Developer: Bandai Namco Games | Publisher: Bandai Namco Games | Played on: PlayStation 3| Price: $39.99 | ESRB: Teen (Fantasy Violence, Mild Language, Simulated Gambling, Suggestive Themes)
Bandai Namco’s Tales series of Japanese role playing games has been around as long as genre juggernauts Final Fantasy and Dragon Quest but never seems to get as much attention or acclaim. Tales of Symphonia on the GameCube is arguably the most popular entry in the series, with a decent storyline, memorable characters, and excellent combat. If you missed out on playing the game back in 2004, Tales of Symphonia Chronicles on the PS3 gives you a second chance complete with updated HD visuals and some added content. For better or worse the Wii sequel Dawn of the New World is included in the package as well.
The biggest draw Chronicles has on the PS3 is updated visuals: this is the best looking versions of both games. Tales of Symphonia in particular looks great with the visual overhaul, eliminating the rough edges of the GameCube version. Dawn of the New World looks good in HD as well, but the game wasn’t in need of improved visuals as much as the original. A nice addition to both games is the option to use Japanese voices instead of the translated English voices. Dawn of the New World’s protagonist Emil sounds so incredibly annoying in English, having the option to switch to the original Japanese voice actor was a godsend. Lastly, the included version of Tales of Symphonia is the PS2 port of the GameCube game, previously only released in Japan. This port included extra titles, costumes, and attacks for each character in the game.
Tales of Symphonia follows the adventurous and kind-hearted Lloyd as he helps his friend Colette and her companions resurrect the world of Sylvarant. The plot follows a lot of common RPG themes, which can get boring and a tad predictable at times (He was evil all along?! No!). Keeping in traditional Tales fashion, the extra dialogue you can engage in with the team is usually witty and oftentimes funny, giving the perilous journey a lighthearted feel. Dawn of the New World directly follows the events of Symphonia but isn’t as engaging due to the cast: they aren’t nearly as memorable as Lloyd and crew and spend most of their time living in the shadows of the first game’s characters (literally and figuratively). I’ve never been more unattached to a main hero than I have been with Dawn’s Emil. It’s so jarring how boring and dull a character he is (especially in comparison to Lloyd from the previous game) it makes the whole game start off on a terrible note.
The best and most fun aspect of both games is definitely the combat. Every battle takes place in real time, meaning there aren’t any menus to navigate or breaks between blows. You control one character at a time with the computer overseeing the actions of your other party members; although you can take control of them when the battle gets tough and you need to delegate tasks more wisely. In Symphonia you attack on one plane, albeit n a 3D environment, meaning you’re always in line with your enemy, but other foes/allies are spread out on the battlefield in different linear pairings. So if you’re trying to attack one specific enemy but it’s behind a group of other enemies you’ll either have to run past them and risk taking damage, or deal with them before proceeding to your desired target. This nuisance is dealt with in Dawn of the New World: you are able to freely roam around the battlefield without linear limitations.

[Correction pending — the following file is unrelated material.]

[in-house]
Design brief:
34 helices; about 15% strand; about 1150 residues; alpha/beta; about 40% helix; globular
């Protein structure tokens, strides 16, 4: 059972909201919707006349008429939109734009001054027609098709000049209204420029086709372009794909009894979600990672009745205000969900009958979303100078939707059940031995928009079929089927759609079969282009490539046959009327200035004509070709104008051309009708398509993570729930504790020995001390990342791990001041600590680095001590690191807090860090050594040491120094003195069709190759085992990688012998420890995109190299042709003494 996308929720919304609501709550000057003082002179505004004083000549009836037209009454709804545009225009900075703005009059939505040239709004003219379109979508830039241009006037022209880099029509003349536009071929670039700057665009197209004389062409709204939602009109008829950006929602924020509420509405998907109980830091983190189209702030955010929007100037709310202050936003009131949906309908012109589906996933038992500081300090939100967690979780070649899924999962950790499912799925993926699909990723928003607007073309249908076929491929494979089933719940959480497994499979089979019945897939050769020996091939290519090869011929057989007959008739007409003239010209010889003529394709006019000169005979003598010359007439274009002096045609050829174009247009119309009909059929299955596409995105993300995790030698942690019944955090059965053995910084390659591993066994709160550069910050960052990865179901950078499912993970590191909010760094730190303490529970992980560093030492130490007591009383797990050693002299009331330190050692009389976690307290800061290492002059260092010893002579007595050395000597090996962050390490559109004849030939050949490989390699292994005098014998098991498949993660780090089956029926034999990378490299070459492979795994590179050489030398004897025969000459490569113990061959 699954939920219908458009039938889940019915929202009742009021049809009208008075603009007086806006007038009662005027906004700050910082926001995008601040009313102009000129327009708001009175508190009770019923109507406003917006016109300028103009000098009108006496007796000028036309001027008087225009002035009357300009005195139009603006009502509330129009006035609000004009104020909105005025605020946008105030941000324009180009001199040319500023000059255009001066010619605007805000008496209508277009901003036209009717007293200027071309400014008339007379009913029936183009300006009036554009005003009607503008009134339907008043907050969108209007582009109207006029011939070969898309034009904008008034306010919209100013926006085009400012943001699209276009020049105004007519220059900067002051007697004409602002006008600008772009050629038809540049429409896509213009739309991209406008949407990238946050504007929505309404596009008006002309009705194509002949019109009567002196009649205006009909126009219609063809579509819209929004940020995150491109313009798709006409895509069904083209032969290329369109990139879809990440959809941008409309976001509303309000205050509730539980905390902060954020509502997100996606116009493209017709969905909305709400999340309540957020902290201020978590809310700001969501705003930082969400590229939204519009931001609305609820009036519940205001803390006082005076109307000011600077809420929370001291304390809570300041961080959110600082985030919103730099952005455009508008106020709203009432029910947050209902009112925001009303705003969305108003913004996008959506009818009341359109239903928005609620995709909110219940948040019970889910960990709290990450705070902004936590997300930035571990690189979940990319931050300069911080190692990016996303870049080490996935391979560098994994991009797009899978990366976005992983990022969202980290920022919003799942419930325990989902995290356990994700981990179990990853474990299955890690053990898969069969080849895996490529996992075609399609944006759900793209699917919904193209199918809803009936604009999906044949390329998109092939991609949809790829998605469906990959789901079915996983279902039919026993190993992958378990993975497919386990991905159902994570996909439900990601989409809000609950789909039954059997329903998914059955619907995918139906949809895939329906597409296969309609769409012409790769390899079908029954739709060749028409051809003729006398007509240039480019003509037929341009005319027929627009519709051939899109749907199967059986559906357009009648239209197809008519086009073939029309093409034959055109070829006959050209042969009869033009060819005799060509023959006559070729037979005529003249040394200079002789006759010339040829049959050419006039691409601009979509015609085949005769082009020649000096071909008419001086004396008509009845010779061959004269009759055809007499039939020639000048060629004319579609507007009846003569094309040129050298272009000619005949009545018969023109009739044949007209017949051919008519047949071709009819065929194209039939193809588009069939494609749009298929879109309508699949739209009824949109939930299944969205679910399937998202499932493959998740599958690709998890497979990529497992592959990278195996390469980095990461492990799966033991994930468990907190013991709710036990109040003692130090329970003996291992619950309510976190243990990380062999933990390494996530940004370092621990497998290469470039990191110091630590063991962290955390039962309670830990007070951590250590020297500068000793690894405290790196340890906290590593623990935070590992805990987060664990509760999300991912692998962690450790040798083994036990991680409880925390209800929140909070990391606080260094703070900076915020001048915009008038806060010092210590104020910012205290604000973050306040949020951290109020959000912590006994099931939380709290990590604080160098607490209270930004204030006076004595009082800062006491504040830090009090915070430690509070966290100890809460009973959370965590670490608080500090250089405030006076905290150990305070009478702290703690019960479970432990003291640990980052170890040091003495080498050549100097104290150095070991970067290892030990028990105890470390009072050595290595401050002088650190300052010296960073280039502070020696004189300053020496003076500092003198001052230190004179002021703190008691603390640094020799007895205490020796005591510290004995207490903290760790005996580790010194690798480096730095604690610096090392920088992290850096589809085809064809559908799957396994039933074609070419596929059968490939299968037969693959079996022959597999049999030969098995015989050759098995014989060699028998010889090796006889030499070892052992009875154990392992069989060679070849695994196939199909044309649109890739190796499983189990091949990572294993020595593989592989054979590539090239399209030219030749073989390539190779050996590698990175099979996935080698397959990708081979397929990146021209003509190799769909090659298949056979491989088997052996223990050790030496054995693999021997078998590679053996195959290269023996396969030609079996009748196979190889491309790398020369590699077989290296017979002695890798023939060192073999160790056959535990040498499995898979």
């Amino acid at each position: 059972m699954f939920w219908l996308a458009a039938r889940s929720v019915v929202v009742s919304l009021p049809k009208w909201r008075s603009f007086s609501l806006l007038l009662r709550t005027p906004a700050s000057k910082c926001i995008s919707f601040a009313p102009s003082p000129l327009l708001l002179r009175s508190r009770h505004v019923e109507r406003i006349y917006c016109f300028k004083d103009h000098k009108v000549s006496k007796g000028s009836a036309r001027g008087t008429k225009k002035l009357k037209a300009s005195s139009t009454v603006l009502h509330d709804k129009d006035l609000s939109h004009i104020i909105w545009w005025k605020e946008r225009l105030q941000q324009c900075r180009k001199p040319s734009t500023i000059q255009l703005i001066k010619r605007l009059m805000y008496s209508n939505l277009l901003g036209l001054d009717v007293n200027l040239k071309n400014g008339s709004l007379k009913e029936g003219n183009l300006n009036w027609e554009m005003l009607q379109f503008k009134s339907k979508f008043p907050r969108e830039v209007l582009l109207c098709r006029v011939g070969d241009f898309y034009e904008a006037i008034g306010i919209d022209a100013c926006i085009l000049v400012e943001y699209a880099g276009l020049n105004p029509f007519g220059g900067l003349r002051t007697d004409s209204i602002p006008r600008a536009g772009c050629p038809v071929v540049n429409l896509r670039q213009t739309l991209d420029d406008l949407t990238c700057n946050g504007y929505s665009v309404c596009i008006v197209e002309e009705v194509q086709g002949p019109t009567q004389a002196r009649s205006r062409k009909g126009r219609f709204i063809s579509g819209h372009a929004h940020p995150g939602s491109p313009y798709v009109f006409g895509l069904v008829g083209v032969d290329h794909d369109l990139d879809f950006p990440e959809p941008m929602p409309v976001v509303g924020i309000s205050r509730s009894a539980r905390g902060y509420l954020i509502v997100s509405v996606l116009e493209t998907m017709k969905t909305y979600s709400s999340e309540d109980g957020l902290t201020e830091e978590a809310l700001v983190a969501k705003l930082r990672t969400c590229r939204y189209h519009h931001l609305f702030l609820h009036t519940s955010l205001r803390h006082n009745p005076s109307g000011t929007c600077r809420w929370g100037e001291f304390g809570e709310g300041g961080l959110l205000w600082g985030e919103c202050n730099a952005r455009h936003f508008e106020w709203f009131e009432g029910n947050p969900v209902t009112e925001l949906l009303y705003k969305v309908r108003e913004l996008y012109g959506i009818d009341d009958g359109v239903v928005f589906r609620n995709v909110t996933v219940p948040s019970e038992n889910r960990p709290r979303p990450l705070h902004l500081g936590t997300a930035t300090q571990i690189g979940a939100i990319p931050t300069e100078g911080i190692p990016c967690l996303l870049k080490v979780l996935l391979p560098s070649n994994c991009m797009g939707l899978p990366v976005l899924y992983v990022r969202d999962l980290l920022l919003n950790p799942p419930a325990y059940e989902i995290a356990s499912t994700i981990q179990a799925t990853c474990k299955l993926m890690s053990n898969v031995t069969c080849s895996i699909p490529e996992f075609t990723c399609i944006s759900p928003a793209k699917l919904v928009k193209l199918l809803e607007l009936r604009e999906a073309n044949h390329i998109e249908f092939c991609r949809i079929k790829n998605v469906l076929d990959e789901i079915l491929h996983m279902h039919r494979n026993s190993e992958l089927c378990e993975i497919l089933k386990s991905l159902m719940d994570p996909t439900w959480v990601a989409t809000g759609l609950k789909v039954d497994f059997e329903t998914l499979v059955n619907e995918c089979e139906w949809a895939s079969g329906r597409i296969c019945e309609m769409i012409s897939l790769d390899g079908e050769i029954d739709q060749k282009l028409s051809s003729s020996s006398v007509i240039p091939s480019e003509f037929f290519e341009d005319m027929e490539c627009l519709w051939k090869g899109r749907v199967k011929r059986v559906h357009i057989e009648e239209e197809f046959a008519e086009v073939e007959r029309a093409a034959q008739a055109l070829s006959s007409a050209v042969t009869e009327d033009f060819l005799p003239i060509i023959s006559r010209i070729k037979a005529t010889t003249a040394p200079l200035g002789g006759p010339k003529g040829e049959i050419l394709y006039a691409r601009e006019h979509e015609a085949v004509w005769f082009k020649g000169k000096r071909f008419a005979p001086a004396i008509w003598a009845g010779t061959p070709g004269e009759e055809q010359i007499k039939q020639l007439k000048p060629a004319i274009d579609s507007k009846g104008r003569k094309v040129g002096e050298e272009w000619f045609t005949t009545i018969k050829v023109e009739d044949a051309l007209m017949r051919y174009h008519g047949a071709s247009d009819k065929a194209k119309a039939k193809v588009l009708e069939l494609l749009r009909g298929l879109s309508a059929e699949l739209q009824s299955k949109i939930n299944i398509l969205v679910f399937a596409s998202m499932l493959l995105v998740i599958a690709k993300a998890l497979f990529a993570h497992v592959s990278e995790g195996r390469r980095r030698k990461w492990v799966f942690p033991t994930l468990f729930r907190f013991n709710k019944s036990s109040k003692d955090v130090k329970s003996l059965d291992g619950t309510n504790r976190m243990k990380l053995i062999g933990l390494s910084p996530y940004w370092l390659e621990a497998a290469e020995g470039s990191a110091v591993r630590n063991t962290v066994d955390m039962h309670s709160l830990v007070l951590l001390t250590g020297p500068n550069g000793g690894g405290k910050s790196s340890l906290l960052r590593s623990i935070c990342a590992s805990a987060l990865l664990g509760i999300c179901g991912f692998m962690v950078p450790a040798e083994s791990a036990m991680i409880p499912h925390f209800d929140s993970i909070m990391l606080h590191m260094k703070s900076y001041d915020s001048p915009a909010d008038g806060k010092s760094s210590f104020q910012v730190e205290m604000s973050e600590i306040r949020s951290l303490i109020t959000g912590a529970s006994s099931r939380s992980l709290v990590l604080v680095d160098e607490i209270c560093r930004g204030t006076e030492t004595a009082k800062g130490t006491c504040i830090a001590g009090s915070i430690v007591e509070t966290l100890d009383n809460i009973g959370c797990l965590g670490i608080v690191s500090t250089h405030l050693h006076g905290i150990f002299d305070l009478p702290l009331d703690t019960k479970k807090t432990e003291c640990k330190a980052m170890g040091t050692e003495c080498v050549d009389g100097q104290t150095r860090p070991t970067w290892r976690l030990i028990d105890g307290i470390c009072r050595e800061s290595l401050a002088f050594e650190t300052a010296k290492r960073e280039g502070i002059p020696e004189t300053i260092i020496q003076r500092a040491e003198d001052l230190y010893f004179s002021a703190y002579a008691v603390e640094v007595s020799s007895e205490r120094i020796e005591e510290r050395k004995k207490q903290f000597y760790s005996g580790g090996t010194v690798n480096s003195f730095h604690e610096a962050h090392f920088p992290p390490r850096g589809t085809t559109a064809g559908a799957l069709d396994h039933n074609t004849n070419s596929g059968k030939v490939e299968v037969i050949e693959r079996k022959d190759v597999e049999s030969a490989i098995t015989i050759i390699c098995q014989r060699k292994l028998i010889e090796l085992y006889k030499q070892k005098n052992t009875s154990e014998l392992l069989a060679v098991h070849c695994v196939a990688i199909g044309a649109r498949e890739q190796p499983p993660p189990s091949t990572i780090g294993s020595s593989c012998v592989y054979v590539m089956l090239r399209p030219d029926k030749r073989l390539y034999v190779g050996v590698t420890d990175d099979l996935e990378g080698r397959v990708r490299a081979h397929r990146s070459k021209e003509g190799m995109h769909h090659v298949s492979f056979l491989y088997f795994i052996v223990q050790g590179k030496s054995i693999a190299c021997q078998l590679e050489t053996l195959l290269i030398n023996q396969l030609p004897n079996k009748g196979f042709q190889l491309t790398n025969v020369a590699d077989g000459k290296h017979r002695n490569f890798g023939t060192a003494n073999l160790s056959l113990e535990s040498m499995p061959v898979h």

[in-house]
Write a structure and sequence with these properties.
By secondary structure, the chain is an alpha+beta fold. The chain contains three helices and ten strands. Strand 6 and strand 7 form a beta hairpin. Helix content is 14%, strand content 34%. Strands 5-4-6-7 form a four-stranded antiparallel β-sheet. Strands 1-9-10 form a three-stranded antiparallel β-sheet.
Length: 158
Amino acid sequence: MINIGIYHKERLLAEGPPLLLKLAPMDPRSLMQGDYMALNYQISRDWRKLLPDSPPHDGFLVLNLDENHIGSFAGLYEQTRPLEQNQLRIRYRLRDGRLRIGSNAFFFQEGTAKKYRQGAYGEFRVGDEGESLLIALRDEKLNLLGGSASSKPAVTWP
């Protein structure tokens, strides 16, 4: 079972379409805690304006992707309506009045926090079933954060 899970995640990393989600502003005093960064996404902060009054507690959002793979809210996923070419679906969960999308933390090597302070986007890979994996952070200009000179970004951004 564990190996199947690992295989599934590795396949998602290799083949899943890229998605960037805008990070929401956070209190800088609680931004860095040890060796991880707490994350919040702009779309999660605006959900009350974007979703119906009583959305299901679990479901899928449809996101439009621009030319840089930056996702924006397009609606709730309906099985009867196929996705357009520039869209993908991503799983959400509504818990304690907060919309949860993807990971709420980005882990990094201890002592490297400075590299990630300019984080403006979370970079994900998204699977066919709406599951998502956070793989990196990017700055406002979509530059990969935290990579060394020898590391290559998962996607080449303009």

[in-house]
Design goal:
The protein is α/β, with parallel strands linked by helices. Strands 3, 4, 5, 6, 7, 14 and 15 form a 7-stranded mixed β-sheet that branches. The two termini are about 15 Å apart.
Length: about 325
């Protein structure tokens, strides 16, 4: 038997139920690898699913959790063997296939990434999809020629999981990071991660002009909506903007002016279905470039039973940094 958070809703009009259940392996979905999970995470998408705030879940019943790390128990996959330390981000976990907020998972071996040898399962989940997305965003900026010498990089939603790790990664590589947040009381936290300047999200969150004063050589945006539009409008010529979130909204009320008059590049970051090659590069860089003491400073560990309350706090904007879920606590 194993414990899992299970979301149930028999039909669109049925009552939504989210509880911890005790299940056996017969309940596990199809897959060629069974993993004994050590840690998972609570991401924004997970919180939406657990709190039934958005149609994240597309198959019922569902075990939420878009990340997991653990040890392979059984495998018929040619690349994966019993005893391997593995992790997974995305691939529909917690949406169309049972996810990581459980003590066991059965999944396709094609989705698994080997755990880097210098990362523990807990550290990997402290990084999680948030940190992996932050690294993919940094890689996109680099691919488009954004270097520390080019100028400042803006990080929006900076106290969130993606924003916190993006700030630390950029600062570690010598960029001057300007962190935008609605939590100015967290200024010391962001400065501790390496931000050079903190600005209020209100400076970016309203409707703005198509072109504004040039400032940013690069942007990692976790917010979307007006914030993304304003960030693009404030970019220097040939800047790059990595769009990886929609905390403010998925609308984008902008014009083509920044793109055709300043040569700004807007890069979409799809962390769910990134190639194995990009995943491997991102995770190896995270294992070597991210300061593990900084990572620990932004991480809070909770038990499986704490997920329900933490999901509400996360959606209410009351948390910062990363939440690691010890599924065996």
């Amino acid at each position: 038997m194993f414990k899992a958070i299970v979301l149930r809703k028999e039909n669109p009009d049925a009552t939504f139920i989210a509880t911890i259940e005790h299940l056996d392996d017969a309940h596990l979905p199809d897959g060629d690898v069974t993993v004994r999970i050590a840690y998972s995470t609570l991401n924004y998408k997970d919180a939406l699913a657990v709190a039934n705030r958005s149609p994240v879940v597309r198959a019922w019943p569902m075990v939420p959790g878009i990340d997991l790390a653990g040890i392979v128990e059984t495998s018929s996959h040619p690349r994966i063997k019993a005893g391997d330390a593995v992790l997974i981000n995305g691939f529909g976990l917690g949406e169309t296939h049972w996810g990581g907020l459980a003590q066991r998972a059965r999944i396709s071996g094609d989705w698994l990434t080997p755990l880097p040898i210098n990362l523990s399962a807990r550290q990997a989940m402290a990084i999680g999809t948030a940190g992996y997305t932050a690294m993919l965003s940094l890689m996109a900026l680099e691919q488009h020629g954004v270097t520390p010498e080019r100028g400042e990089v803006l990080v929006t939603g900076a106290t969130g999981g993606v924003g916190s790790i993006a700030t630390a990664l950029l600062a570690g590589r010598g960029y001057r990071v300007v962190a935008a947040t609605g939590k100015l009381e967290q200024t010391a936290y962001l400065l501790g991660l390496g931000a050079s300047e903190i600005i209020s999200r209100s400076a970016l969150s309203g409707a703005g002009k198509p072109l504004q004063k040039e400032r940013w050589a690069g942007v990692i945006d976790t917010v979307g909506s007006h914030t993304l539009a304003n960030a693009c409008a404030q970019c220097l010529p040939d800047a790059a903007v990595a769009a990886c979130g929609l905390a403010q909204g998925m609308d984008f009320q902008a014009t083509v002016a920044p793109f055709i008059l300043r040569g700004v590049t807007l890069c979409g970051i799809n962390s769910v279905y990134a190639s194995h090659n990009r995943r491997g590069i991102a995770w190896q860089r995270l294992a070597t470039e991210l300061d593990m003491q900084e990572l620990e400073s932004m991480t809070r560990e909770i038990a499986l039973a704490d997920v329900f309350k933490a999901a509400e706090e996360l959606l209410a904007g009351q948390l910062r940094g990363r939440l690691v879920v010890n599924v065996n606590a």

Simple melee attacks are the appetizers to the series’ staple main course: artes. Each character learns a variety of artes, ranging from devastating magic attacks to swift sword strikes. Timing your artes in unison with your allies can create combinations that are much more powerful than their individual parts, causing your to play smart and tactfully. Learning new abilities, finding which combinations work best for your play style, and watching your team unleash their fury on the enemy is satisfying.
Tales of Symphonia was originally released on the GameCube, which had an analog stick controller, but only allowed movement in eight directions. That weird control scheme prevails in Chronicles. I had a false sense of freedom with my movement because I could tilt the control stick in any direction, but my movement on screen was that of a tank. Thankfully this isn’t an issue with Dawn of the New World. Symphonia also suffers from a poor camera at times, with extra complaints going to the overworld sections. The camera during these segments barely gives you any field of vision, causing you to carelessly run into enemies or lose track of where you’re going. Again, not an issue at all in the sequel, as the camera does a much better job staying behind your character. The soundtrack for both games is great. In terms of sound, voice acting is the largest difference between the two games. Dawn of the New World has a lot more fully voiced scenes, including voiceovers for the optional dialogue conversations between battles. Regardless, Tales of Symphonia is the real reason to pick up this package: the sequel is nice to have but pales in comparison to the original. It’s almost as if it was included to make you appreciate the first game even more!
If you have yet to play the GameCube classic Tales of Symphonia then this PS3 update is the way to go to experience one of the best games in the franchise. Overall the game holds up quite well compared to other recent JRPGs. The intricate and fun battle system will have you hooked from the first fight, and the clever writing and likable cast keep events interesting outside of combat. It’s unfortunate the same amount of awesome didn’t come from the sequel Dawn of the New World, but it’s still an alright RPG that is a nice inclusion. Tales of Symphonia Chronicles is a wonderful addition to any RPG lover’s library and a showcase of the best the Tales series has to offer.